A Richter Grant opens doors to travel for research
Undeterred, Galvan’s drive to uncover the history of the program compelled him to apply for a Richter Grant fund a trip to Spelman. Typically, if an undergraduate student has to travel for research, it can make their project next to impossible, which is why the Richter Grant program awards students up to $5,000 to make their research goals a reality.
After being awarded funding, Galvan packed his bags and was on his way to Atlanta for a week of discovery during winter break. While North Central’s archives had only bits and pieces of the exchange program, Spelman had a treasure trove.
“Spelman’s archive is massive—it’s about the size of the reference room at Oesterle Library,” said Galvan. “The archivist there showed me to box number 99, which contained everything they had saved from the exchange.”
Galvan found remarkable details and a civil rights movement connection
“It turned out that the exchange started after North Central’s president at the time, C. Harve Geiger, sent a letter of interest to Howard Zinn, a history professor at Spelman who started the exchange program,” said Galvan.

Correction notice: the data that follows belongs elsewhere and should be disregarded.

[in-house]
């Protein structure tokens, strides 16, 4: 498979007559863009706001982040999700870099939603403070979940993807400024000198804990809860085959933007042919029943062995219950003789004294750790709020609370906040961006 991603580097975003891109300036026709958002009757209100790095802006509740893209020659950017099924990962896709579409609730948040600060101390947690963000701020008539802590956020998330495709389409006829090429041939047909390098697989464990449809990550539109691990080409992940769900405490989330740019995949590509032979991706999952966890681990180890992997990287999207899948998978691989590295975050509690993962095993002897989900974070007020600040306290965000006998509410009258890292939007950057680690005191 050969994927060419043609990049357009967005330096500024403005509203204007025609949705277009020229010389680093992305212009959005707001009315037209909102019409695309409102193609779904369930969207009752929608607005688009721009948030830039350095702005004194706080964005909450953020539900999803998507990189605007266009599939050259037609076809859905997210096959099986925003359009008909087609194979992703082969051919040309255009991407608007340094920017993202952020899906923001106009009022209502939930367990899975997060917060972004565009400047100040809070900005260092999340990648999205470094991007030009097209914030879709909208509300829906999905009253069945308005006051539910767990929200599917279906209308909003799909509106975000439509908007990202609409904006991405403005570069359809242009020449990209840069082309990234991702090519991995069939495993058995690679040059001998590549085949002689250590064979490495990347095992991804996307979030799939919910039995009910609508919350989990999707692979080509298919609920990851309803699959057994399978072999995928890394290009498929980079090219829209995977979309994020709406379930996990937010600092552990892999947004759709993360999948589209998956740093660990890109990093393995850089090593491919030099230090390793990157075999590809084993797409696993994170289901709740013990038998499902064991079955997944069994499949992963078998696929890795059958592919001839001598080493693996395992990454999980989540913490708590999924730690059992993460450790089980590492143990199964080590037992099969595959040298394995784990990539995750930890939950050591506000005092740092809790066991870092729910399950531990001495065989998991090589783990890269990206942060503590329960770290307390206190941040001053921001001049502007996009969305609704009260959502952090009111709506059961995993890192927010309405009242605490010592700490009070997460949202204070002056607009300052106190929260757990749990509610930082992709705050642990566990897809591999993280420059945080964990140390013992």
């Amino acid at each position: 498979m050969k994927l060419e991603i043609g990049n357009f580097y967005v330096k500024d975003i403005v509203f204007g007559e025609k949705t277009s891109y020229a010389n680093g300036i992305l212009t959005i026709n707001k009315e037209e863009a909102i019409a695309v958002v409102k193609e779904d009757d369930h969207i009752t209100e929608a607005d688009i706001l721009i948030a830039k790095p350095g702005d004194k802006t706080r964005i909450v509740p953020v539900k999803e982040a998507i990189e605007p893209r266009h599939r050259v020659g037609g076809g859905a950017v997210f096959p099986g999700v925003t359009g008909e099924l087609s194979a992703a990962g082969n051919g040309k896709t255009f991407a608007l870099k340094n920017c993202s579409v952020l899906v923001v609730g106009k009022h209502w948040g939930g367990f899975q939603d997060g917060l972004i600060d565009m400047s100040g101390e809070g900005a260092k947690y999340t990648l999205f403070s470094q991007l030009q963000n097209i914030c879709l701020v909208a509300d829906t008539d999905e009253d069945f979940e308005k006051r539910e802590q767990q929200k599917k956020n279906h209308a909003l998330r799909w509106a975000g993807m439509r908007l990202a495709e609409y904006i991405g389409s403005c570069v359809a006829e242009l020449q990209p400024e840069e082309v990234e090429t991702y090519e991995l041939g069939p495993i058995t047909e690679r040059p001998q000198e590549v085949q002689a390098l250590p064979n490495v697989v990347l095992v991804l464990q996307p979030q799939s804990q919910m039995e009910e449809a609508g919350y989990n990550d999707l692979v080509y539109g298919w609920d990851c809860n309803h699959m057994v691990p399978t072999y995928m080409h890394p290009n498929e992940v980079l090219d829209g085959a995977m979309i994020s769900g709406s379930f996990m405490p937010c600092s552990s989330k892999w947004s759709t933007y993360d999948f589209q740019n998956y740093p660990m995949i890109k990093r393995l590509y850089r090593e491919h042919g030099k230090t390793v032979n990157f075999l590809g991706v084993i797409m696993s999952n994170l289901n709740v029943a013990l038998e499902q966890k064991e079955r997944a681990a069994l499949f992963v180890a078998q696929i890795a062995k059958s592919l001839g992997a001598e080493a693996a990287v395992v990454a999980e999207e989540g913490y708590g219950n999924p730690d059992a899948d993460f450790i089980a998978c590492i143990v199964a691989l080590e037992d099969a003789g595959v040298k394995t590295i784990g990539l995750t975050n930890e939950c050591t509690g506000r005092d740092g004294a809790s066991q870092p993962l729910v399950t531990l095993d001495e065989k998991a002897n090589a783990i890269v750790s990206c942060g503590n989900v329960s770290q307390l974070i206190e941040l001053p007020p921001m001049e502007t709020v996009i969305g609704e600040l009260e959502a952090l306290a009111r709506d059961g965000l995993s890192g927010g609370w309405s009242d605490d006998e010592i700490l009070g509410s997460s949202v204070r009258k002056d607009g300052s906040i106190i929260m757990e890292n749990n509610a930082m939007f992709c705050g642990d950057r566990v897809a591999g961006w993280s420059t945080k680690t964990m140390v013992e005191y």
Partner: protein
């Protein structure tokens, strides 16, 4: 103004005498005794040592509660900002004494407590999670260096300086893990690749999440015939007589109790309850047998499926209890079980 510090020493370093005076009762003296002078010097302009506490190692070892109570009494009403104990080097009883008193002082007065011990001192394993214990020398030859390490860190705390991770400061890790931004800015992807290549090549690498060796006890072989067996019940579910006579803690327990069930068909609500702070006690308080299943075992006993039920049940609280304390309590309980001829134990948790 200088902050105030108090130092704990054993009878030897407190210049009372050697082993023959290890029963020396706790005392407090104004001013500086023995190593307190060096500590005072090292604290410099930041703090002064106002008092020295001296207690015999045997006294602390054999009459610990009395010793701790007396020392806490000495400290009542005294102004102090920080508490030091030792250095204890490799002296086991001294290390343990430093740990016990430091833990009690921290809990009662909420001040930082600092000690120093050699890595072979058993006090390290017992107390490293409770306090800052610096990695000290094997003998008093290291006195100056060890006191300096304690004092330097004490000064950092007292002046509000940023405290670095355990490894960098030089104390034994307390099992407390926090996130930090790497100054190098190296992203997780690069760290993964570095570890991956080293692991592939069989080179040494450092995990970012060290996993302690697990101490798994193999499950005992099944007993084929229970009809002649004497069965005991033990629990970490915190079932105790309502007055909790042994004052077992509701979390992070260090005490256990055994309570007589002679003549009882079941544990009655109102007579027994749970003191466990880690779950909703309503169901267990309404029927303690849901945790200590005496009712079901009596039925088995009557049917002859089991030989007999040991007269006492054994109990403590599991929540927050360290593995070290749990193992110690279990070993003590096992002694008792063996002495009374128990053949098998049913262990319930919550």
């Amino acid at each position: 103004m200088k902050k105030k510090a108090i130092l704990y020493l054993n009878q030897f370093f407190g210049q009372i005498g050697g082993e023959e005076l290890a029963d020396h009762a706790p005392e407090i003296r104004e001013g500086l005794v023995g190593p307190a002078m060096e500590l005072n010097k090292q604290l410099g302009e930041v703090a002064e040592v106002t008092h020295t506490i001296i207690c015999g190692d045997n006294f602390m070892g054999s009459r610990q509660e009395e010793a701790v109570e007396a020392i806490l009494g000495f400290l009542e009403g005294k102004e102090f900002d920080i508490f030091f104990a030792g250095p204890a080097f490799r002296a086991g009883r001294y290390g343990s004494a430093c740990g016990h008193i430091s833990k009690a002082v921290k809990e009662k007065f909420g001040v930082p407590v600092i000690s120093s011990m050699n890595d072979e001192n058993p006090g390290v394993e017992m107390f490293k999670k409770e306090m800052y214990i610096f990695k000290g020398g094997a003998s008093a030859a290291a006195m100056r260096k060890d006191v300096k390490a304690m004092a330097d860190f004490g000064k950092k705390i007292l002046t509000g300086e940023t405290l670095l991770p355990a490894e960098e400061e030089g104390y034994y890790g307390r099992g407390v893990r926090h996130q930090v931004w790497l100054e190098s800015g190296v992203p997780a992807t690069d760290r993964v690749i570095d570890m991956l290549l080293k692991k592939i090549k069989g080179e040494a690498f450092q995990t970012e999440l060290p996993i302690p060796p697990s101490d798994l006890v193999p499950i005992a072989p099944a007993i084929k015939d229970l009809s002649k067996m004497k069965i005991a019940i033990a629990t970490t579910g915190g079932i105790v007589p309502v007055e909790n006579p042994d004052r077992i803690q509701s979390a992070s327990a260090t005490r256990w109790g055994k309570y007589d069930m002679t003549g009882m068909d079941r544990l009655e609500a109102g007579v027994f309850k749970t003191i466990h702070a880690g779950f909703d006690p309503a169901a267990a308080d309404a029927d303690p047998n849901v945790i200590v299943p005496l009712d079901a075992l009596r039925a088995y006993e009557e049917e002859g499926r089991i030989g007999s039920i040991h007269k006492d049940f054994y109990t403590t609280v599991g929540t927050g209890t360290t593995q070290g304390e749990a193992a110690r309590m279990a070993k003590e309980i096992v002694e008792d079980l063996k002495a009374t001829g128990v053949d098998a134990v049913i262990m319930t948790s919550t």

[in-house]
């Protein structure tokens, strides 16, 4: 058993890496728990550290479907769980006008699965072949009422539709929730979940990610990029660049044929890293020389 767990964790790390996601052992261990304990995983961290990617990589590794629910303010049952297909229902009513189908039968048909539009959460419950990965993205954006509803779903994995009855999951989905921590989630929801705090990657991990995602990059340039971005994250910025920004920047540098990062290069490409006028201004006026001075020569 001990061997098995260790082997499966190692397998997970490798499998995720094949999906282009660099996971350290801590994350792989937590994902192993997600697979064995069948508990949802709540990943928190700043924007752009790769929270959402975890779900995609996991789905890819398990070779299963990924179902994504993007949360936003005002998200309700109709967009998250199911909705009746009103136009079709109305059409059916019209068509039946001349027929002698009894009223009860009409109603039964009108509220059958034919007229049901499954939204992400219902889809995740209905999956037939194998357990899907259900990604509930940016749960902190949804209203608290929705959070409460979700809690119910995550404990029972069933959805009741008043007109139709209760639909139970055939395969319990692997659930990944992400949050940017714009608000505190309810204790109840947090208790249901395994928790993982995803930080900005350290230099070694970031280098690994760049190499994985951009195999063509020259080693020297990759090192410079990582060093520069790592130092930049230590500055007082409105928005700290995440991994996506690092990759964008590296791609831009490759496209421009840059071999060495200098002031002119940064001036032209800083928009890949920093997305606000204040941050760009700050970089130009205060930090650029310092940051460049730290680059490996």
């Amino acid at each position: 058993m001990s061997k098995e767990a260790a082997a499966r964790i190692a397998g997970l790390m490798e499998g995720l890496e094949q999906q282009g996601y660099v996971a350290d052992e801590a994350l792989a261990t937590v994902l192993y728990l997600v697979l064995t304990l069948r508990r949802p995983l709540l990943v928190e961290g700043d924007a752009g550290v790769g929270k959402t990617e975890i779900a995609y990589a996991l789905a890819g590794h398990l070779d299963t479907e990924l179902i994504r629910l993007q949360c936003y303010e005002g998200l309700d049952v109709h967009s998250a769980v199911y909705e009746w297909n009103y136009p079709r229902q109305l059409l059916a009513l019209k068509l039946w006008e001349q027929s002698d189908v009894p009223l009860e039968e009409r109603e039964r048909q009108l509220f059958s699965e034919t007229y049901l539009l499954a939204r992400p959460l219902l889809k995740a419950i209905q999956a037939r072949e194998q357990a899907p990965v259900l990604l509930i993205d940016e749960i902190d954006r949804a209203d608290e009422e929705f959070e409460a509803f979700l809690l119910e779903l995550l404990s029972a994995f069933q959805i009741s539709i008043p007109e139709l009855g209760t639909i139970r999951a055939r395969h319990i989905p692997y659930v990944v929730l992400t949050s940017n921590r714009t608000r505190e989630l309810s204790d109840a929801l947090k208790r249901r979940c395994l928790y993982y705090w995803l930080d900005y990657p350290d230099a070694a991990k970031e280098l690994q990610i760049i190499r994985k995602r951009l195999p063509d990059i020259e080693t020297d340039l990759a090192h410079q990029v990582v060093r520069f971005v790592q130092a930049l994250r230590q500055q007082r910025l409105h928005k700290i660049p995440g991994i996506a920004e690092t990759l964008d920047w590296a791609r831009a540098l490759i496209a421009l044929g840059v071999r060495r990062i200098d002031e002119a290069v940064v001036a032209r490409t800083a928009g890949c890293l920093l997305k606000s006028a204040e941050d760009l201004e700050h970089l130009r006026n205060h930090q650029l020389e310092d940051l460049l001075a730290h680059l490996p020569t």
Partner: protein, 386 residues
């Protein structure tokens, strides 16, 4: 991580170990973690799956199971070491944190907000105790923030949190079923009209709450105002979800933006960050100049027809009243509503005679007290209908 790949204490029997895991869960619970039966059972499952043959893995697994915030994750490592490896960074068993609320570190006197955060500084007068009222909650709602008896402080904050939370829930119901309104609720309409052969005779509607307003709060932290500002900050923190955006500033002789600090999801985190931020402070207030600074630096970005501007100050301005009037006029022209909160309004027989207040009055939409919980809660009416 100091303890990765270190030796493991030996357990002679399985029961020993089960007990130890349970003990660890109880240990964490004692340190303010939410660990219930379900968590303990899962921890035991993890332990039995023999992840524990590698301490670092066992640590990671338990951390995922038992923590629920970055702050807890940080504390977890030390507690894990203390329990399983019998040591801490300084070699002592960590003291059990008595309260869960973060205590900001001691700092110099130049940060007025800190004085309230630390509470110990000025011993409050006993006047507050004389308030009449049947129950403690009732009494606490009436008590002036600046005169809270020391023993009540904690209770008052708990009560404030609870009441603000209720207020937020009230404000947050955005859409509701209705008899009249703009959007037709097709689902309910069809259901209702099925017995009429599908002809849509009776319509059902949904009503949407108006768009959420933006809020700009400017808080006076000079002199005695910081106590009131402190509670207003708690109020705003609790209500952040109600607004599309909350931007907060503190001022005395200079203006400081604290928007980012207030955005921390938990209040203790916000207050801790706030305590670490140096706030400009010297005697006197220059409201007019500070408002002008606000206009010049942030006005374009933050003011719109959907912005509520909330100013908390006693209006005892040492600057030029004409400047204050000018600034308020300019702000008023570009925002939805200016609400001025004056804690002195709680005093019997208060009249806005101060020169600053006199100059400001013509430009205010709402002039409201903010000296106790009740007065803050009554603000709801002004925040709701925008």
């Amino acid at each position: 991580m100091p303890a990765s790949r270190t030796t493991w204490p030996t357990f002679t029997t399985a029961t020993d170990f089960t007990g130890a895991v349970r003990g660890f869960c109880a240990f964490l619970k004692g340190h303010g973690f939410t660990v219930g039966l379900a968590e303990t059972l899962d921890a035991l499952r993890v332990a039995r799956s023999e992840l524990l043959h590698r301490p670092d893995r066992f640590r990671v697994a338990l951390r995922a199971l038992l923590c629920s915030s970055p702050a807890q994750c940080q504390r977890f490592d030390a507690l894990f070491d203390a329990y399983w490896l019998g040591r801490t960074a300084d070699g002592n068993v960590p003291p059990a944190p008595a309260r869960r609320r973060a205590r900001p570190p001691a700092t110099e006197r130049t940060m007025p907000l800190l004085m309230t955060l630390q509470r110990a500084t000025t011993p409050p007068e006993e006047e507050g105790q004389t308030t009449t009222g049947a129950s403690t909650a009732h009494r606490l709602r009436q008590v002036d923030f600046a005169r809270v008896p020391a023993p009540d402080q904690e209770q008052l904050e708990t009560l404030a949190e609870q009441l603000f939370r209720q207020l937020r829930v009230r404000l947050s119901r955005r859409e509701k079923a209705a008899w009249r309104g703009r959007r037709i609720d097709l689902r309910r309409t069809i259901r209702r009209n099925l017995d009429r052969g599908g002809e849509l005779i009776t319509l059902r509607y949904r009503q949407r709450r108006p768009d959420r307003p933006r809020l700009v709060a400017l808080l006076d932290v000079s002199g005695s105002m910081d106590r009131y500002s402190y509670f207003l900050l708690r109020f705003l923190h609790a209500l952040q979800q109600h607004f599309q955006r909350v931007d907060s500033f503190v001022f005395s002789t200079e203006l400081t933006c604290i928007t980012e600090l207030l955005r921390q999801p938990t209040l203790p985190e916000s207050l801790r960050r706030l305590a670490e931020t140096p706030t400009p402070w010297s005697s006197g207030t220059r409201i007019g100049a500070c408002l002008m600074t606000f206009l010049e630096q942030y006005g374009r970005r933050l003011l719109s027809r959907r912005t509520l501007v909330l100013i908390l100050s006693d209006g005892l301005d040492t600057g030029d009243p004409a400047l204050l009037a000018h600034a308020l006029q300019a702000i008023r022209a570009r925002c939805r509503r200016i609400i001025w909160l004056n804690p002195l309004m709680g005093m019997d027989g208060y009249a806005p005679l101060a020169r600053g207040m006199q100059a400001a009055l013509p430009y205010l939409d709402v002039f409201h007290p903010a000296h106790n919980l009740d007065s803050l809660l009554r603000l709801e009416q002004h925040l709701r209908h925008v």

Zinn was an activist in the civil rights movement, serving as an advisor for the Student Nonviolent Coordinating Committee (SNCC), and gained fame as the author of “A People’s History of the United States,” which has sold over 2 million copies.
In addition, as a result of the exchange program, North Central ended up hiring a member of Spelman’s faculty, Renate W. Wolf, as an associate professor of English in 1964.
“I was in the archives from 10 a.m. to 4 p.m. every day, and afterwards I explored Atlanta,” said Galvan. “Researching in Atlanta was incredibly valuable. History is in the city; you can see the civil rights movement wherever you go.”
Galvan’s research and select documents including a letter from Zinn, writings from students that were part of the exchange program and more can be seen on display in the reference room at Oesterle Library through the end of March.